Dubai’s skyscrapers emerge from the fog (Photo: Telegraph Images)

Another week goes by and another doping scandal engulfs a Russian athlete.  This week it was the turn of five times Grand Slam tennis champion, Maria Sharapova, who faces a four year ban for failing a drugs test.  Sharapova is joined on the list of this week's "losers" by Steve McClaren, who was sacked as Newcastle boss after only nine months in charge, and the FTSE 100 which slid 1.8% on Thursday following the ECB's announcement of an economic stimulus package.  All three will no doubt be topics for discussion as the great and the good of the property industry either head to the Cheltenham Festival to enjoy the horse racing, or down to the cafes and bars of Cannes for MPIM 2016.

In seeking to provide economic stimulus to the Eurozone the ECB President, Mario Draghi, cut the Bank's main interest rate to 0.05% and its bank deposit rate to minus 0.4%.  He also announced that the bank will expand its quantitative easing programme from €60 billion to €80 billion a month.  However, whilst the ECB injects newly printed money into the system in a bid to boost growth , it is also wrestling with a different problem;  ensuring the cash in circulation doesn't fall into the wrong hands.  The Economist claimed this week that high-value bank notes may be on the way out after the ECB announced an investigation into the €500 note.  The reasoning is simple.  The authorities suspect that most high denomination notes are actually in the hands of criminals, rather than anxious savers.  To give you an idea of the scale of the issue, 30% of cash euros are in €500 euro notes.  And yet most Europeans claim never to have set eyes on one.  The Bank wants to ensure that trading suitcases of cash is rather less profitable!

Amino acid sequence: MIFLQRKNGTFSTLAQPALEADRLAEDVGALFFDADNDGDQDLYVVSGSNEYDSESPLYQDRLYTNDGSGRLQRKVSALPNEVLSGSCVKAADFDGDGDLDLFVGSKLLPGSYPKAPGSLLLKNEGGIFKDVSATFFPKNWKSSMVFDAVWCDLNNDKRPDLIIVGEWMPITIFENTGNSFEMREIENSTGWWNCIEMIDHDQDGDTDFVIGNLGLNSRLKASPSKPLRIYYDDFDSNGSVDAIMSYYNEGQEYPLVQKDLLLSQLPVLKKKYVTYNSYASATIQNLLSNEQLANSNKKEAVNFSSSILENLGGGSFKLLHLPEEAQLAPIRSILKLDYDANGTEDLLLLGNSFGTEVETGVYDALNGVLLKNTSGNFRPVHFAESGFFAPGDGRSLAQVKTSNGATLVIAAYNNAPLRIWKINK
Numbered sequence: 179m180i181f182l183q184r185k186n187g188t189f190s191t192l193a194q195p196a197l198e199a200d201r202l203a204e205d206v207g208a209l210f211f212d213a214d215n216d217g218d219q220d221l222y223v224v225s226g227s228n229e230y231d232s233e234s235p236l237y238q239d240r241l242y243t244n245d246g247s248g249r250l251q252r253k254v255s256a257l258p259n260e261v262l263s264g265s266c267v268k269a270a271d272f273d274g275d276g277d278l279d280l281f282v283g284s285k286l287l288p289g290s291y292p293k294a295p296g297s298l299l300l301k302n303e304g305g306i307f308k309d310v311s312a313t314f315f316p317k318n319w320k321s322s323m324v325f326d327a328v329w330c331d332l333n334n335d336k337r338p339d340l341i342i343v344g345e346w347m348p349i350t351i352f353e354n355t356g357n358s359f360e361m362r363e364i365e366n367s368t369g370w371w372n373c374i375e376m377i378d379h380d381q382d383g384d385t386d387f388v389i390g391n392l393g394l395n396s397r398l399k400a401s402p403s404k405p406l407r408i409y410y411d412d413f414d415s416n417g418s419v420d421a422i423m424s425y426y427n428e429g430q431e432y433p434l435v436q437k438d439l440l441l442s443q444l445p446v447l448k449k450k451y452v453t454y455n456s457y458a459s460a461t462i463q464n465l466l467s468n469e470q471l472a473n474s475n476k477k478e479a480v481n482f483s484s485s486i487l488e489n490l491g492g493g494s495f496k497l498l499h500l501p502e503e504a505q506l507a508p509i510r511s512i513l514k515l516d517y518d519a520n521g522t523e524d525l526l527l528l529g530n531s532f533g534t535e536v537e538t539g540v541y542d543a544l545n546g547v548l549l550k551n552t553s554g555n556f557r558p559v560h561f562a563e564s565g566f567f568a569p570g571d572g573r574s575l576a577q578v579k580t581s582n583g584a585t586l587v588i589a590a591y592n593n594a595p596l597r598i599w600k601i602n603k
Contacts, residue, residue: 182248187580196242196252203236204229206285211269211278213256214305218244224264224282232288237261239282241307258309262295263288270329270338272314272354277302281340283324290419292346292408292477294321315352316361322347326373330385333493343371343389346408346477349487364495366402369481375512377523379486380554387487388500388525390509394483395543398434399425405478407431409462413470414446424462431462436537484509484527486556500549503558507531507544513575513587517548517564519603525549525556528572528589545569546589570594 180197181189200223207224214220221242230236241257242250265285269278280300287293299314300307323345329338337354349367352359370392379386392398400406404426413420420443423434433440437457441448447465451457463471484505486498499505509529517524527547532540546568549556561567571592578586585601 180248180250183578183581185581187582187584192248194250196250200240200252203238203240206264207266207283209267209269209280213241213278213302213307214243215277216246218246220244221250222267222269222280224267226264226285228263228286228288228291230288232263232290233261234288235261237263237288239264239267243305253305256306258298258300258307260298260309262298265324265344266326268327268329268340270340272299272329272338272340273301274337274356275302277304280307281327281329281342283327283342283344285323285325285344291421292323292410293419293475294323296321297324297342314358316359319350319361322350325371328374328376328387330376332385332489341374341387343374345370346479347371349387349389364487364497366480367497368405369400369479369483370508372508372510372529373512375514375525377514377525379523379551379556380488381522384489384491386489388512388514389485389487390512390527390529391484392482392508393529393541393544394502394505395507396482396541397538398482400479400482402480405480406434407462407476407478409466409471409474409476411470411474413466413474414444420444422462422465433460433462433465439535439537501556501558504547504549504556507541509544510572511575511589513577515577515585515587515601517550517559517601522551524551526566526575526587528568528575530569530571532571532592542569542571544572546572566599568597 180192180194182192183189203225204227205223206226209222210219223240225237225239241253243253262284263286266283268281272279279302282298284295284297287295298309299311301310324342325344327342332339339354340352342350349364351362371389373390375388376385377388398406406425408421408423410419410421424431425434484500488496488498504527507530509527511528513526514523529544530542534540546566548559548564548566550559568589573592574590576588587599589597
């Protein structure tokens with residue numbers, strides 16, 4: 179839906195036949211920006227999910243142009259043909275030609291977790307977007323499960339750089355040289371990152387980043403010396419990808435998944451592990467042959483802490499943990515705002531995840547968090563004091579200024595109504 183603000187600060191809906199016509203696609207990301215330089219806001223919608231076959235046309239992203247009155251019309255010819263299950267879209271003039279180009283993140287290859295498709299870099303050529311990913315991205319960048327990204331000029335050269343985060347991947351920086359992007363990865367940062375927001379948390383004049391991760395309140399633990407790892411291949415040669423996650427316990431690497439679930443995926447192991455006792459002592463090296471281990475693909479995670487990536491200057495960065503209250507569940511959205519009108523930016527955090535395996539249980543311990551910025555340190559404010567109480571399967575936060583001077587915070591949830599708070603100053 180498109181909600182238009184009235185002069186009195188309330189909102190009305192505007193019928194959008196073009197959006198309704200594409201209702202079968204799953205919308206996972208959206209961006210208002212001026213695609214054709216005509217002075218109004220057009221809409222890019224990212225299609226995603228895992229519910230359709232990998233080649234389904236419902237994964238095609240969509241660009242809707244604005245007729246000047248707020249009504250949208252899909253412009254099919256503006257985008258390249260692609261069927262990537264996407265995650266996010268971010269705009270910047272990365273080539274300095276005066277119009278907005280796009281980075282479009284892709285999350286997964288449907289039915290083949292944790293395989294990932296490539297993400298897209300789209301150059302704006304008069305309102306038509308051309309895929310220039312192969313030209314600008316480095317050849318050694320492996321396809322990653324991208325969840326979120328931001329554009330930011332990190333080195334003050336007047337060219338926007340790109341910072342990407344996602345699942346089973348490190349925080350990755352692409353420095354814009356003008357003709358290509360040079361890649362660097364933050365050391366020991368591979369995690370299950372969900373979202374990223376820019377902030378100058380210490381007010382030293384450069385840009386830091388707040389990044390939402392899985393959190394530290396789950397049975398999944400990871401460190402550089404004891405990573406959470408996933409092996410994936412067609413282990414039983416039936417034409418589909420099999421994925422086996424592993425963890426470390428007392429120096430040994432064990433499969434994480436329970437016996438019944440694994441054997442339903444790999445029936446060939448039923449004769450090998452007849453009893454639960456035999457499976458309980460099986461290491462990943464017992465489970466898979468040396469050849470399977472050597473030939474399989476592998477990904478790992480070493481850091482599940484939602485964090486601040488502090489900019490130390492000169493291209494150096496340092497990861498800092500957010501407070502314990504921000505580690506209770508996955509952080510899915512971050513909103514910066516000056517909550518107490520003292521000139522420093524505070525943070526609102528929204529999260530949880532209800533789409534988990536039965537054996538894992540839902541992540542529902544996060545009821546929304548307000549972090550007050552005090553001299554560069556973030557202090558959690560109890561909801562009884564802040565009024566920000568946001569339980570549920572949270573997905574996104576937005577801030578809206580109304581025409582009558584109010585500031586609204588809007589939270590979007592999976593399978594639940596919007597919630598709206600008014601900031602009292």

The National Infrastructure Commission (NIC) published its Transport for a World City report this week which concluded that the Crossrail 2 lineshould be viewed as an investment priority of national significance.  The report argues that Crossrail 2 is essential to combat future congestion with London's population in 2030 expected to exceed 10 million, giving the capital "mega-city" status.  Good news for long-suffering rail commuters and underground passengers already experiencing the sardine-like conditions on the Northern and Victoria lines.  But before anyone gets too excited, it is worth noting the projected delivery timeline.  Even if the NIC's recommendations are taken forward, the new line won't be up and running for passengers until 2033 and the final route hasn't even been agreed yet with the NIMBYs already voicing their opposition.  The patrons of the "No Crossrail in Chelsea Campaign", for example, claim the proposed Kings Road station would be an act of "civic and urban vandalism on a vast scale".  And the Save Our Balham group has an even bigger gripe;  the proposed Balham station will mean "no more Waitrose"!  Unthinkable.